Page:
China proposes ‘Global Initiative on Data Security’ forbidding stuff it and Huawei are accused of doing already

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Item 1?

What does the first item on the list actually mean?

"1. Approach data security with an objective and rational attitude, and maintain an open, secure and stable global supply chain"

As for the PRC promoting ICT security, well, everyone is in favour of that, but who believes that any state actually practices what they preach on this subject? Respecting other states' sovereignty is all very well, until you reckon that there is information they have which would protect your sovereignty. The USA is quite adamant in declining to join the ICC, because it would mean USA soldiers could be prosecuted for 'war crimes' in a court outside the control of the USA Supreme Court.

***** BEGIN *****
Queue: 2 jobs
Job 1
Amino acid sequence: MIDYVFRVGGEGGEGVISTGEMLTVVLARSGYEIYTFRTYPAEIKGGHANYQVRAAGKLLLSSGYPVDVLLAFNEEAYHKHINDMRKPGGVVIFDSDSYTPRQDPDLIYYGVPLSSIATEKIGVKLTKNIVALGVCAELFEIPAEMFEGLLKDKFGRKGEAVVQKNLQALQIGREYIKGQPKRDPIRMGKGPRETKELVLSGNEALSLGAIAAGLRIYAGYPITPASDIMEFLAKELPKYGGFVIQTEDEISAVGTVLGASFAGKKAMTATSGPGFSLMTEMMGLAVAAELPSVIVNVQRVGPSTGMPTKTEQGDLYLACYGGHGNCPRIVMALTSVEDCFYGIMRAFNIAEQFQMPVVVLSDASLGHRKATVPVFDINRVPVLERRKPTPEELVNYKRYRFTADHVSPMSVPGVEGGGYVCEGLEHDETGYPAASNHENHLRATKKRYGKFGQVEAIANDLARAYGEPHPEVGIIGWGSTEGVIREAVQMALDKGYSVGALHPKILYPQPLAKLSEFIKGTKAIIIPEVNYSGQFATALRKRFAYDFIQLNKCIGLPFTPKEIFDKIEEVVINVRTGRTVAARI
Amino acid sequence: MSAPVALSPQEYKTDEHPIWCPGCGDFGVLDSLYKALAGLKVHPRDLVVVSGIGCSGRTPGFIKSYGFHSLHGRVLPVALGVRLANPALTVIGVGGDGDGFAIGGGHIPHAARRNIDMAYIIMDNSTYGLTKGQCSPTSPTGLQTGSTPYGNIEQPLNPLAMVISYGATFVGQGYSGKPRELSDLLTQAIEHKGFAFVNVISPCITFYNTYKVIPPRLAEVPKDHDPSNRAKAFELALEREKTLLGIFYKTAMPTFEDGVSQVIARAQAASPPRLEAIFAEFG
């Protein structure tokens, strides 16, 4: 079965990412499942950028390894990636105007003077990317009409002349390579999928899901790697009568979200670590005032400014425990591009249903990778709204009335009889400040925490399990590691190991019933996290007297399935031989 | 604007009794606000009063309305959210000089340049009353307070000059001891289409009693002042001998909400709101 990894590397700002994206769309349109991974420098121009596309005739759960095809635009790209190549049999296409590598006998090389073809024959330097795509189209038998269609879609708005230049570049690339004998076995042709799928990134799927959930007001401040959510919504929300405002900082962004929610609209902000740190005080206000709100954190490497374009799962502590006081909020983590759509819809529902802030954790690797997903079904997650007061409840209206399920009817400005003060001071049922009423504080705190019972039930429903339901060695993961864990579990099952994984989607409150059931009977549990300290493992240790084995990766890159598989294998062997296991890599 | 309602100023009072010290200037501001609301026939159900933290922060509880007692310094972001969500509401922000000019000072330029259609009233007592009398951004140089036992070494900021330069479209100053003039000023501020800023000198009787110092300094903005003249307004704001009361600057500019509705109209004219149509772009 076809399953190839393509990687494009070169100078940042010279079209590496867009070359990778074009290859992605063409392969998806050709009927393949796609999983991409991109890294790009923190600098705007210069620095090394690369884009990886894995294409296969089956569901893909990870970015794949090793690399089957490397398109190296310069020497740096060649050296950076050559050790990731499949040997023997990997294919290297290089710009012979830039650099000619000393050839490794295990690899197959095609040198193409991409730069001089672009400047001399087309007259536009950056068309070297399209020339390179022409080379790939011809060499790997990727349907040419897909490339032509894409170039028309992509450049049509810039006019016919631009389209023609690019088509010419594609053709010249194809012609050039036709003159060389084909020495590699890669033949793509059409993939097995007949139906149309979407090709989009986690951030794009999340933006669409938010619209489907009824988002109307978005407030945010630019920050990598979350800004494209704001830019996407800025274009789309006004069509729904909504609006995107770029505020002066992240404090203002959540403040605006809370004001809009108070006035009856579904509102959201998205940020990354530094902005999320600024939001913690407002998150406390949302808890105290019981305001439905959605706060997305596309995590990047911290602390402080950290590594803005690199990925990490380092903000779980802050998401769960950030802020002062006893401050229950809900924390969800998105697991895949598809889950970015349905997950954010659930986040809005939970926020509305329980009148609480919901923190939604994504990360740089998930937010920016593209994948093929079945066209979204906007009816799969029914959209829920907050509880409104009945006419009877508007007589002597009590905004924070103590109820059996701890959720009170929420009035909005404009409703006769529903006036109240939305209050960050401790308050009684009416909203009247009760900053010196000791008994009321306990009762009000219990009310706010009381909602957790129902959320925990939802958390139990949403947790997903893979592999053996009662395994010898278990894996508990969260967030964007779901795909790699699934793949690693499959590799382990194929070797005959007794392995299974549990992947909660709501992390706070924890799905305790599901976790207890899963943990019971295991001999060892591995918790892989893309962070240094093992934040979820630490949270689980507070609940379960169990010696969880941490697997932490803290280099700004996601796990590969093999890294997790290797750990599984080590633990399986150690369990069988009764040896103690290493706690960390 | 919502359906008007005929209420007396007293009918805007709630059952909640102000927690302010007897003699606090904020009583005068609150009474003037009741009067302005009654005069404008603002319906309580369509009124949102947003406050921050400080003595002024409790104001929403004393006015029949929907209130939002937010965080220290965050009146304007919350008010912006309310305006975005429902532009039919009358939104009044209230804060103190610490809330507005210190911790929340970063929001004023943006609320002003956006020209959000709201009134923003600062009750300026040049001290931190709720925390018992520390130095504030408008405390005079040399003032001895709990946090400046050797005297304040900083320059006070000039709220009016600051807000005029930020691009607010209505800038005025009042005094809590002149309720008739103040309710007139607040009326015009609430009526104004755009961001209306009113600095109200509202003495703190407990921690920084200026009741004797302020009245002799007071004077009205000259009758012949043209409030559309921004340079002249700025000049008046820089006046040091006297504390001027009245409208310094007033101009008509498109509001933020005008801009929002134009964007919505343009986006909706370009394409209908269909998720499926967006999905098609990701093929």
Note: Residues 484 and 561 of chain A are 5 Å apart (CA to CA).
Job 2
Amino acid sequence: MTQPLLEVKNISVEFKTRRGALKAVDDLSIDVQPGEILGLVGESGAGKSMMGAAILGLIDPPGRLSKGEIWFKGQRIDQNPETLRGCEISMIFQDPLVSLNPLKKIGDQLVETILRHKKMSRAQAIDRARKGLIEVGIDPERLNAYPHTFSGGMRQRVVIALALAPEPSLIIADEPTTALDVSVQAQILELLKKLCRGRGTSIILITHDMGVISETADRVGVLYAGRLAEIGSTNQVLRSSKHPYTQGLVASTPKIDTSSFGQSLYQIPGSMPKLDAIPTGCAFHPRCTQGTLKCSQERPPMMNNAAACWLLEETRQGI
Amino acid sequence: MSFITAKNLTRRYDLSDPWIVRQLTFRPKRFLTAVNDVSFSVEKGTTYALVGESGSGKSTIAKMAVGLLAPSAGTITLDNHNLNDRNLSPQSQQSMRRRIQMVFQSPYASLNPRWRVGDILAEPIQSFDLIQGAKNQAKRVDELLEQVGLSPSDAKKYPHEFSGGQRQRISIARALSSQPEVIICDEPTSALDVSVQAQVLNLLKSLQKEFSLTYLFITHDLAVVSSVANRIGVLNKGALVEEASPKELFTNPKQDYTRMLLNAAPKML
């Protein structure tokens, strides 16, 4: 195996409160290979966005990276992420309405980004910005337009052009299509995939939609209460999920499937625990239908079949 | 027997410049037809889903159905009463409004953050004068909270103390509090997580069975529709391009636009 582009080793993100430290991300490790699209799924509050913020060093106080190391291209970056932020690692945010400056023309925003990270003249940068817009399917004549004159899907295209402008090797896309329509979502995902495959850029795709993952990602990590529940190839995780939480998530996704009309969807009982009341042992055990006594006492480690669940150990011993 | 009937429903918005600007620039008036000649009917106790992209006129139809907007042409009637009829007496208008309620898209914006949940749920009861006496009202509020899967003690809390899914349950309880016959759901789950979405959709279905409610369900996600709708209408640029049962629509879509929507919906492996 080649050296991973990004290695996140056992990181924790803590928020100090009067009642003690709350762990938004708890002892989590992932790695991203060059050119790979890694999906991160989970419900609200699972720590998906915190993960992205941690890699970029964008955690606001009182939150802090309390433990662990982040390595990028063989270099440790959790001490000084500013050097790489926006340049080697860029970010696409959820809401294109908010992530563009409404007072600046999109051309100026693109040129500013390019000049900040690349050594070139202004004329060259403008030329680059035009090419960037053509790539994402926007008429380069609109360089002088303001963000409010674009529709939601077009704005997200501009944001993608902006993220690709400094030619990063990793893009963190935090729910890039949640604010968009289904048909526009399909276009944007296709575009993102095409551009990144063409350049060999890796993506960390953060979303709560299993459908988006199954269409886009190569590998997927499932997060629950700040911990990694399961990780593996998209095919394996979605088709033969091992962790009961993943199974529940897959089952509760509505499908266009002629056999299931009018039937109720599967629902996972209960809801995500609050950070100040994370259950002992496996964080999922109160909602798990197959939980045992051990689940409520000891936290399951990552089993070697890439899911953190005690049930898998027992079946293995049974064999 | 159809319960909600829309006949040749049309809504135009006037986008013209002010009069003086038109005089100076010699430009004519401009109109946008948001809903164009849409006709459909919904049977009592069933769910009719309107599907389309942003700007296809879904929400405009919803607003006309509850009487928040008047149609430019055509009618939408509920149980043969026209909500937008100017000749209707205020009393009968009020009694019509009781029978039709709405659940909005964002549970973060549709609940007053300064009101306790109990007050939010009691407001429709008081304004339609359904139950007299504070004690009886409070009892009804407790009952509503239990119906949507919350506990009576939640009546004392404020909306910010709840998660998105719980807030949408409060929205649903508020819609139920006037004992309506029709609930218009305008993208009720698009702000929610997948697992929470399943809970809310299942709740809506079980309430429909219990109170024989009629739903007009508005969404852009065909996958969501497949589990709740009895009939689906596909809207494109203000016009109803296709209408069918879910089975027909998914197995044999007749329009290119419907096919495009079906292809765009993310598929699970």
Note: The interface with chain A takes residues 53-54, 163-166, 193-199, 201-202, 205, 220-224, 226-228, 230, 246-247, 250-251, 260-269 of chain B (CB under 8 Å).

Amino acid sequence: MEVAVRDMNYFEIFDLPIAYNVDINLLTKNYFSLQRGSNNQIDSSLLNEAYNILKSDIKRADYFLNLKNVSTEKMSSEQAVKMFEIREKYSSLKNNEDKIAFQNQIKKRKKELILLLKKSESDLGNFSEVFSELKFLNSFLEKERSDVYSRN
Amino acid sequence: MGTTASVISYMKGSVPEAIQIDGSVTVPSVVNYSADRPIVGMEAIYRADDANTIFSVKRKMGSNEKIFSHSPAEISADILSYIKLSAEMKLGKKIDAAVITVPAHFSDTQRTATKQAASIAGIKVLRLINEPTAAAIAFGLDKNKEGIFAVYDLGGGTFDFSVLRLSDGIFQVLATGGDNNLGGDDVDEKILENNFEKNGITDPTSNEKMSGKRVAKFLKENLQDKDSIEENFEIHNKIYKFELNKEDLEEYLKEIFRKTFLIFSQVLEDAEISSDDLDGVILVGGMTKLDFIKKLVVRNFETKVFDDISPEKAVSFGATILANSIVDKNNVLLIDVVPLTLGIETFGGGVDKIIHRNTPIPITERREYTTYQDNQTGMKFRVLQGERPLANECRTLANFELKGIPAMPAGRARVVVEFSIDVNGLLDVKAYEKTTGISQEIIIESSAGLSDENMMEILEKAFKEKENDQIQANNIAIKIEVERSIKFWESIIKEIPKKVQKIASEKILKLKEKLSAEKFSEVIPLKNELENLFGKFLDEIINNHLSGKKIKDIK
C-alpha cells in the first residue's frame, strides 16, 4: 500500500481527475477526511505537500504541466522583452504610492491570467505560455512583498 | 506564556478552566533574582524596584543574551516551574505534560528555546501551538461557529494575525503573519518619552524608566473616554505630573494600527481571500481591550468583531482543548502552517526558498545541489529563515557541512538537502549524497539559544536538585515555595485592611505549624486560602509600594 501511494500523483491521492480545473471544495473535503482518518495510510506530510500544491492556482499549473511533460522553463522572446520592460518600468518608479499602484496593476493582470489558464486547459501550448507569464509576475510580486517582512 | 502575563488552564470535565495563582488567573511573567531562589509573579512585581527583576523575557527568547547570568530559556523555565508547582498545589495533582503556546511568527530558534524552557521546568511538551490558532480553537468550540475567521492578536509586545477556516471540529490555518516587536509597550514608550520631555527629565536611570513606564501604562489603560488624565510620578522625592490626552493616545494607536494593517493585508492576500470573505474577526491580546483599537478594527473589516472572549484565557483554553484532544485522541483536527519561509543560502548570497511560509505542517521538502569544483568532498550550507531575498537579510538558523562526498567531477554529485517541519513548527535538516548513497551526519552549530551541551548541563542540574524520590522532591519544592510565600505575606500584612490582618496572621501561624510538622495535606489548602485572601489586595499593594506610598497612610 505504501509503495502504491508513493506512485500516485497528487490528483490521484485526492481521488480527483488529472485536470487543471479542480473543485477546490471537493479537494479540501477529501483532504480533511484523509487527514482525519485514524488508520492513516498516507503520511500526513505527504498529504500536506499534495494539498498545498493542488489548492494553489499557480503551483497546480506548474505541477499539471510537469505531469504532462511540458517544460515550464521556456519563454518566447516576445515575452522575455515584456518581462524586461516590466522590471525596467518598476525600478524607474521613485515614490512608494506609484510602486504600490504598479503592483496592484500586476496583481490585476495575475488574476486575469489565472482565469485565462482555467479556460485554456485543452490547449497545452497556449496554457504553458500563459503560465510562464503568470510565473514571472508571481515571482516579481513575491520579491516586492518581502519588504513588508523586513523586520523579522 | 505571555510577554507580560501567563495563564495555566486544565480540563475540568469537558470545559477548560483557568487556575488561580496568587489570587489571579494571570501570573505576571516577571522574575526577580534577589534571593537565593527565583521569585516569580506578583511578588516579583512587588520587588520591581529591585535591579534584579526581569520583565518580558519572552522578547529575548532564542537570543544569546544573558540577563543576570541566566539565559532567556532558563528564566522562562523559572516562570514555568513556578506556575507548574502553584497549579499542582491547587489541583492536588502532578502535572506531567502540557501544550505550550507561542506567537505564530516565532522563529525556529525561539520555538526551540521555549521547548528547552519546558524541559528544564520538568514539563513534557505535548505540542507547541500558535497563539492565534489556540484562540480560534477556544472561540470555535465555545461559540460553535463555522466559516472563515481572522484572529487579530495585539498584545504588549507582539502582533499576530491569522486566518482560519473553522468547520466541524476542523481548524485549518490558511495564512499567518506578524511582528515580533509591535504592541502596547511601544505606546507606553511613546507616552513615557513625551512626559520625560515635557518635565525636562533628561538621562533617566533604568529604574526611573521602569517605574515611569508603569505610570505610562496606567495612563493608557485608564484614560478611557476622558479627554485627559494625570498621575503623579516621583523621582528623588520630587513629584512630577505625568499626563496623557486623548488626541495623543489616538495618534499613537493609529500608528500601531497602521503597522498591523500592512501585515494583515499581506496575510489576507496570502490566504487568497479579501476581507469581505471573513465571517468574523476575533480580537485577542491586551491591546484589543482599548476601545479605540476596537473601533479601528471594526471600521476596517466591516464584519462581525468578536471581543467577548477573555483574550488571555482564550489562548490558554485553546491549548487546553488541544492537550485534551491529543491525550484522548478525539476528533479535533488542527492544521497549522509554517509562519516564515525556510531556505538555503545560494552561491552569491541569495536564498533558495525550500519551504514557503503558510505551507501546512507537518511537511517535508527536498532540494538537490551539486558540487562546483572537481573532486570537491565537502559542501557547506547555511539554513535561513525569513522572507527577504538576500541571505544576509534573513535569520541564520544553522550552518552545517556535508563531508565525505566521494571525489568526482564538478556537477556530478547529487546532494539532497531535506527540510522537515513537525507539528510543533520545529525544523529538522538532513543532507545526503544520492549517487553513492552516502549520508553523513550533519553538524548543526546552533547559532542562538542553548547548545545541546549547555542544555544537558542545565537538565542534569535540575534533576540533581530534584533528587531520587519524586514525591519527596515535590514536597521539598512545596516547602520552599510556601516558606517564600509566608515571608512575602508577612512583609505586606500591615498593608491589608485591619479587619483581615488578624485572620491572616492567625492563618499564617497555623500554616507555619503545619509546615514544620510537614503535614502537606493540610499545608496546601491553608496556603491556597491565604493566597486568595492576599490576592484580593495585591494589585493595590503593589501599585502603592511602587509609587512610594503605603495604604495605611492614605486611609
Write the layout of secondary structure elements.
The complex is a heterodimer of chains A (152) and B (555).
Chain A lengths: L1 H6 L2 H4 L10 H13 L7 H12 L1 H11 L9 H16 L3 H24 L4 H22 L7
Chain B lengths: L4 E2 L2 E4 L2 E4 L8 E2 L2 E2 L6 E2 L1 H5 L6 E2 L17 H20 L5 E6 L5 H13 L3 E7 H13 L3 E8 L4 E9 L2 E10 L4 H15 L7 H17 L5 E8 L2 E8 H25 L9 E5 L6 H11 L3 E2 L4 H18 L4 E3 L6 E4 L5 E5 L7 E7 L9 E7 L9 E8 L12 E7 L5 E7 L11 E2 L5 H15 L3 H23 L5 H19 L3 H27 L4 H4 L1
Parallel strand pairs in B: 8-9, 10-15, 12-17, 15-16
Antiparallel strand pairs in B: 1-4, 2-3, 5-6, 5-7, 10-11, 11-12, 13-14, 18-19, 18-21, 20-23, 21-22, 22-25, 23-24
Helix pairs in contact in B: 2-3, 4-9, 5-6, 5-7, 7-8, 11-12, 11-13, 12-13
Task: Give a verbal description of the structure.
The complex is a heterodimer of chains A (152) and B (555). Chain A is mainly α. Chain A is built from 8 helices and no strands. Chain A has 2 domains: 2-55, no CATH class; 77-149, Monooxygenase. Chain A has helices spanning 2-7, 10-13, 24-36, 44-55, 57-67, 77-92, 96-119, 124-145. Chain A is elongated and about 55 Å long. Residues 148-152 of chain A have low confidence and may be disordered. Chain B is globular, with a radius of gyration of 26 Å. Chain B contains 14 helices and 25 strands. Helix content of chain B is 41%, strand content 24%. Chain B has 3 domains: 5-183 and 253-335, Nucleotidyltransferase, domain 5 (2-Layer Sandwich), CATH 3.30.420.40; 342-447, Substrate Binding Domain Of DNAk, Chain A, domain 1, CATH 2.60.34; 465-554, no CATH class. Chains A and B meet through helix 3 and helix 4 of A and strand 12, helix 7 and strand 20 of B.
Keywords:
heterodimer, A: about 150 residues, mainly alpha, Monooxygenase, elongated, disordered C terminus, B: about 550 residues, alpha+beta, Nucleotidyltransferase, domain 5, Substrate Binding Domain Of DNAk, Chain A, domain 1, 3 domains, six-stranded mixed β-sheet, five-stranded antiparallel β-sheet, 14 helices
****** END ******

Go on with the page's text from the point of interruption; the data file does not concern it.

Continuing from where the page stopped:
I can only assume it is some sort of PR event by the Chinese until they prosecute a Chinese company for helping the Chinese Communist Party obtain data from a foreign entity without the foreign state's approval.

Brexit border-line issues: Would you want to still be 'testing' software designed to stop Kent becoming a massive lorry park come 31 December?

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Just a thought - not all trade with the EU is by truck via Dover

I wonder what airfreight are planning to do? Heathrow does handle quite a bit of freight (as do other UK airports), and has somewhat limited parking (compared to Kent). Of course not all of air freight into the UK comes from or goes to the EU, but they will have the same problems, plus, of course, some products go by air as they are perishable or urgent delivery.